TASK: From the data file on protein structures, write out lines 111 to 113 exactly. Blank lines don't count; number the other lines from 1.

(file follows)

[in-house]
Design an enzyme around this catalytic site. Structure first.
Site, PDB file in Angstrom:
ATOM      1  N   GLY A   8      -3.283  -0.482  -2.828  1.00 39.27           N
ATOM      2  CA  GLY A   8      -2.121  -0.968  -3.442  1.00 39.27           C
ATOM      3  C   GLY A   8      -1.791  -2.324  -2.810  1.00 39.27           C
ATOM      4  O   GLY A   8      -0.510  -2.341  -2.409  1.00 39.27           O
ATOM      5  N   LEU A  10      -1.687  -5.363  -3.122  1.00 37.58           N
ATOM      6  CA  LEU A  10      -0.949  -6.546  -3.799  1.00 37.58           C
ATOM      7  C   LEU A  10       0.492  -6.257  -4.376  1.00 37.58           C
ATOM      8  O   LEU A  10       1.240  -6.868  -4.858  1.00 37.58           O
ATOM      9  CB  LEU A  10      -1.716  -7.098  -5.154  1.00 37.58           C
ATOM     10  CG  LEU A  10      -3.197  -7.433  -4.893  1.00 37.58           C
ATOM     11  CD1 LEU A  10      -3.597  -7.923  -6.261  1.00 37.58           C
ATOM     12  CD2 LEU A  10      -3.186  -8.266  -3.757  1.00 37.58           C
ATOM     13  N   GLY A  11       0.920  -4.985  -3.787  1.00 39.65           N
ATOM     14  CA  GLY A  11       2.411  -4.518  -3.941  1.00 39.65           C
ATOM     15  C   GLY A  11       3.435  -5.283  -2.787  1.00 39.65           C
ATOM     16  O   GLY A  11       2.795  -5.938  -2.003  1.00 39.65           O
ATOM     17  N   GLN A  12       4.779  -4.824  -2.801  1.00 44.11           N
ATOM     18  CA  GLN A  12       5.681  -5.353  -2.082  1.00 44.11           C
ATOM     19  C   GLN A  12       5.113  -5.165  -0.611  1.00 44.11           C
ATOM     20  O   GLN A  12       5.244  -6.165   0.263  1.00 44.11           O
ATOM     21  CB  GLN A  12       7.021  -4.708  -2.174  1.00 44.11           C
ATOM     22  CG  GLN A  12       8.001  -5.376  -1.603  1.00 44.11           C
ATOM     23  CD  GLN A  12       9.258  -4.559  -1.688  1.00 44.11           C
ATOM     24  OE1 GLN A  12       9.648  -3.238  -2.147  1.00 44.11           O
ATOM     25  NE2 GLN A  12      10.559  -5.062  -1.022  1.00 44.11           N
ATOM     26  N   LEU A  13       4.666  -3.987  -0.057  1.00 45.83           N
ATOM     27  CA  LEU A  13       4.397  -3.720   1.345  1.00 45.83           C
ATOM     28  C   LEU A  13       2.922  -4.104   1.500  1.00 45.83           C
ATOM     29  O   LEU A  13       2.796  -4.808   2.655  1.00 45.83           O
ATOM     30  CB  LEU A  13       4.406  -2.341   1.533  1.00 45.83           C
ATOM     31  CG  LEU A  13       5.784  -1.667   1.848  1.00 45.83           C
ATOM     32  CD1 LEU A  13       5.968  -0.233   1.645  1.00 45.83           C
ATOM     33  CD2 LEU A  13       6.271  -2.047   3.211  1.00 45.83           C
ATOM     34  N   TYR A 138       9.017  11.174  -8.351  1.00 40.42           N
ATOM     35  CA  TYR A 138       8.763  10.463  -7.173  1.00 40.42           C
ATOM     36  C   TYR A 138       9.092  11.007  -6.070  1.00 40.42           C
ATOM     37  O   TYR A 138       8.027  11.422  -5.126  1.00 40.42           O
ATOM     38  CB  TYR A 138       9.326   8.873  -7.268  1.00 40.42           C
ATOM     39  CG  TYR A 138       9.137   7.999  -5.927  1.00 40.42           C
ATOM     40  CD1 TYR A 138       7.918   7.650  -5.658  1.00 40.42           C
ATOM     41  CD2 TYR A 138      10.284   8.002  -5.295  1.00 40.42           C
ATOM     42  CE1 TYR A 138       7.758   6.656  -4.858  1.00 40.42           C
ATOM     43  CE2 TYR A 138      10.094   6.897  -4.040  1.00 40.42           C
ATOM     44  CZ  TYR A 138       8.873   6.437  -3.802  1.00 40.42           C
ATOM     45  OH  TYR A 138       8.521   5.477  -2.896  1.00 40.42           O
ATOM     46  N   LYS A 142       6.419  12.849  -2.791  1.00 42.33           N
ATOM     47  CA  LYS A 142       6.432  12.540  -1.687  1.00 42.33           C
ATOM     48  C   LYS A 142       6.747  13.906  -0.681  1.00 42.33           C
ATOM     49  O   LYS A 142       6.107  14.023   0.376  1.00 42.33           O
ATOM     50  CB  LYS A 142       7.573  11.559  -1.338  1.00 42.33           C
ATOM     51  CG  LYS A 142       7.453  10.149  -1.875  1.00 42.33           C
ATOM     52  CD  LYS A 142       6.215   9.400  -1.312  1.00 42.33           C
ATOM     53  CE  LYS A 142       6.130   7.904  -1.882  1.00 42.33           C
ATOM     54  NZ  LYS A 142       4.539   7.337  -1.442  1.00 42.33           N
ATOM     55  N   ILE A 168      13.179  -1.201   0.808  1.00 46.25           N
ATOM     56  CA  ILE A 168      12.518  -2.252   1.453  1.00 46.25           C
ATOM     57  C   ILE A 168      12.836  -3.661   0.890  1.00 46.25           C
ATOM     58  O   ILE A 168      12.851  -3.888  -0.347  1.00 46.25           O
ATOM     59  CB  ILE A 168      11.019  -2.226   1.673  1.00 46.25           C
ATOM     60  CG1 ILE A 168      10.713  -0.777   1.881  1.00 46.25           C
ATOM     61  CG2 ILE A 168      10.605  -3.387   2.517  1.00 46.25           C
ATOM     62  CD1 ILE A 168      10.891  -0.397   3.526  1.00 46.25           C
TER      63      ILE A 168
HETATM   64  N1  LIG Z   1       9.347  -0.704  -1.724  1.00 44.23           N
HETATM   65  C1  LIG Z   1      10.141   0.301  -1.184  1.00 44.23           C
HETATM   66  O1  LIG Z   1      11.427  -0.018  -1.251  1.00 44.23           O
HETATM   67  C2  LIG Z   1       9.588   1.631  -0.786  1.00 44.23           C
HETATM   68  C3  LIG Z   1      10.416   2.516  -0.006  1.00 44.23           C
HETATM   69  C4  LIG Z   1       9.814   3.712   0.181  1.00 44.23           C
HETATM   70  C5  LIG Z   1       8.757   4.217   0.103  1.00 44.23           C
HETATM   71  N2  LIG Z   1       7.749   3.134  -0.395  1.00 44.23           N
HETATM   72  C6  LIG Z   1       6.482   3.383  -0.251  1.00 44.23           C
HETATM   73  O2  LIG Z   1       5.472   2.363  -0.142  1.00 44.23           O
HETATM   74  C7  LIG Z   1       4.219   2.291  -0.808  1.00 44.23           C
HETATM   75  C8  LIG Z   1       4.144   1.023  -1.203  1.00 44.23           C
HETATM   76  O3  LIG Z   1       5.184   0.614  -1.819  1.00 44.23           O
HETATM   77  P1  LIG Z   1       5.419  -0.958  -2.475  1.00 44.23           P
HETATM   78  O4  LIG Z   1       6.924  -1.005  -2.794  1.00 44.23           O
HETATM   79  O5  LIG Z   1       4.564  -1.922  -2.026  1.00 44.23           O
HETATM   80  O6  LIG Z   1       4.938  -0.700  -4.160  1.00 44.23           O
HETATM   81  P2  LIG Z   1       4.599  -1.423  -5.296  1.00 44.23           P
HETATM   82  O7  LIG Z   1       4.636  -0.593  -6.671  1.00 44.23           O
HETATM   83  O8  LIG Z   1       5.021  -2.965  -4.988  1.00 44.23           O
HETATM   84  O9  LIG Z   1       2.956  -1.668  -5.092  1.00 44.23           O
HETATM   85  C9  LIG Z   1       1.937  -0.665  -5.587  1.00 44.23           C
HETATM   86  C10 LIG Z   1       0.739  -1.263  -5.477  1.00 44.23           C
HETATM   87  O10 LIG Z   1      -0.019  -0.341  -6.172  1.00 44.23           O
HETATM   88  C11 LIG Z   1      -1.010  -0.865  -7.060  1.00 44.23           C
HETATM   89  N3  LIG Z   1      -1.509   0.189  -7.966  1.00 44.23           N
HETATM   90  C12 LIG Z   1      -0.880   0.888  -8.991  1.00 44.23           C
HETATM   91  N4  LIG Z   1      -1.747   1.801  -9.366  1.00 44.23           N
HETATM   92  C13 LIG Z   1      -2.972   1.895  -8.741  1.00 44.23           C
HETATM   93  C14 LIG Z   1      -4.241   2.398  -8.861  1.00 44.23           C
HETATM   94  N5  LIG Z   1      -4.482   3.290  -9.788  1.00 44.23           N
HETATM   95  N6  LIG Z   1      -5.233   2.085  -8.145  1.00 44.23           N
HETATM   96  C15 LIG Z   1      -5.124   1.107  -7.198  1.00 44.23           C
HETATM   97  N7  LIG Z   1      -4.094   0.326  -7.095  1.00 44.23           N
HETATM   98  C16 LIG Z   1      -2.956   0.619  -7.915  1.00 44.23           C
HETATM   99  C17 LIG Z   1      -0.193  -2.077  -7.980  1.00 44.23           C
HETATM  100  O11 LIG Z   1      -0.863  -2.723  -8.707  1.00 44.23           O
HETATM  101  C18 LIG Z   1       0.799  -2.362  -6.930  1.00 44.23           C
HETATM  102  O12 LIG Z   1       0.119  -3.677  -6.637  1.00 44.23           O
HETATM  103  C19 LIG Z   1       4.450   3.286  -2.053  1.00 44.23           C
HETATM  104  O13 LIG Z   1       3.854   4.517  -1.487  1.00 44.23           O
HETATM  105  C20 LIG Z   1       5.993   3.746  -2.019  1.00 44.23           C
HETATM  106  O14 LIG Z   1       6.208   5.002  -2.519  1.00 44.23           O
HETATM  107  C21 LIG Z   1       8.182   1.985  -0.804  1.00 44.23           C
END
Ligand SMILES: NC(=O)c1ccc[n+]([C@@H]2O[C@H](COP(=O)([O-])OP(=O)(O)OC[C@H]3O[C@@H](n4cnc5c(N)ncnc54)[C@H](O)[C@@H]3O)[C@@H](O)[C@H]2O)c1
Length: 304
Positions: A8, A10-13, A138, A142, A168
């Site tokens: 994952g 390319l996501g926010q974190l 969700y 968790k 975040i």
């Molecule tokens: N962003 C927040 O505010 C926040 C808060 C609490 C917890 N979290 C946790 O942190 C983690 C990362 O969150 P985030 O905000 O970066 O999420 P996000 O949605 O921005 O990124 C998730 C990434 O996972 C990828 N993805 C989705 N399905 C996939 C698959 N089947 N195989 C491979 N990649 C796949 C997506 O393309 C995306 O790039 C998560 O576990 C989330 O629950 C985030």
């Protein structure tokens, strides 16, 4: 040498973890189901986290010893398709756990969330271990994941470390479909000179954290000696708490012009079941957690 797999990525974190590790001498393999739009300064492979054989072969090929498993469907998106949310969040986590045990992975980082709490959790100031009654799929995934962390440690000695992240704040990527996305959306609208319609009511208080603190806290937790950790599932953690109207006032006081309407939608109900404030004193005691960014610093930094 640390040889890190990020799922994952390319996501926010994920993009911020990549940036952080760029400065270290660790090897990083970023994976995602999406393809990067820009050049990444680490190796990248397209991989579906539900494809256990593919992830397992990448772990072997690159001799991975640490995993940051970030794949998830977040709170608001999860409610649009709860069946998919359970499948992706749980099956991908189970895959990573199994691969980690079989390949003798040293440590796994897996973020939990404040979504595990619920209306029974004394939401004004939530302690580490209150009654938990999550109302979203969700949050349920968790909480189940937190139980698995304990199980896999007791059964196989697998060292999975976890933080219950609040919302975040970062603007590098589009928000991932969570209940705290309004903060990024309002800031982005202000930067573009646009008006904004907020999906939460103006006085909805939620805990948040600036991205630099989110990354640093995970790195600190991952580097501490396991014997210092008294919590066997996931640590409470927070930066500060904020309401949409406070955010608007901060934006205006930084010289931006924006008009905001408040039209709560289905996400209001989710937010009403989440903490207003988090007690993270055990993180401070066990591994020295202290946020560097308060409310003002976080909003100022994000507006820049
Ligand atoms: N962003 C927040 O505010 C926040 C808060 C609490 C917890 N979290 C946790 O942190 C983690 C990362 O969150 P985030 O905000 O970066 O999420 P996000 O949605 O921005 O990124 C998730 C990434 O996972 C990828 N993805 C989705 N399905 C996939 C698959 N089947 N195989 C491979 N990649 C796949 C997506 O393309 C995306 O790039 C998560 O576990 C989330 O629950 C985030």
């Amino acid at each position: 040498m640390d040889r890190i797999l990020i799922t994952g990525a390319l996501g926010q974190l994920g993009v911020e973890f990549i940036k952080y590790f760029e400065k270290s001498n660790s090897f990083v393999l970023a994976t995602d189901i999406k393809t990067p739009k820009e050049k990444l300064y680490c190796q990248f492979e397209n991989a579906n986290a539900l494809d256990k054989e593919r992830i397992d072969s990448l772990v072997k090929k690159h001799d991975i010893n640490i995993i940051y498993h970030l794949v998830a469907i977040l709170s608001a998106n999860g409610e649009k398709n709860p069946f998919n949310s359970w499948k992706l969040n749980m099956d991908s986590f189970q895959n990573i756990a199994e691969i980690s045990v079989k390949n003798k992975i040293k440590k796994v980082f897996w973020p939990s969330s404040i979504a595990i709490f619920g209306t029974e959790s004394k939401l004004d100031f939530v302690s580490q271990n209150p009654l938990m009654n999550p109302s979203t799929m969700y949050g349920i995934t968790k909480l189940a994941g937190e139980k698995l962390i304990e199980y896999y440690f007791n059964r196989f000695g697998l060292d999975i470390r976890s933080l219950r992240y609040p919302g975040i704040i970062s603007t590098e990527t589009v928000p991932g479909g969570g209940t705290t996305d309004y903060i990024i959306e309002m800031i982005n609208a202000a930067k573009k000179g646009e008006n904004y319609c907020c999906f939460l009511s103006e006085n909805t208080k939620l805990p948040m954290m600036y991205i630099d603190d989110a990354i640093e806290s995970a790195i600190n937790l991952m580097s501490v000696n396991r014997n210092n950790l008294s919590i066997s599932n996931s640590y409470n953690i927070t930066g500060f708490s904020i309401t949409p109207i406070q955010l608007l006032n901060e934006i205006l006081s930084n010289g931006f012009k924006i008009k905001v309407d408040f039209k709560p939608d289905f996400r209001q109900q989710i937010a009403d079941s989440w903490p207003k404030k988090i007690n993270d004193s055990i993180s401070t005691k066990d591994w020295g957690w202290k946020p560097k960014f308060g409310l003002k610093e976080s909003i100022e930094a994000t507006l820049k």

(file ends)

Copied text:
END
Ligand SMILES: NC(=O)c1ccc[n+]([C@@H]2O[C@H](COP(=O)([O-])OP(=O)(O)OC[C@H]3O[C@@H](n4cnc5c(N)ncnc54)[C@H](O)[C@@H]3O)[C@@H](O)[C@H]2O)c1
Length: 304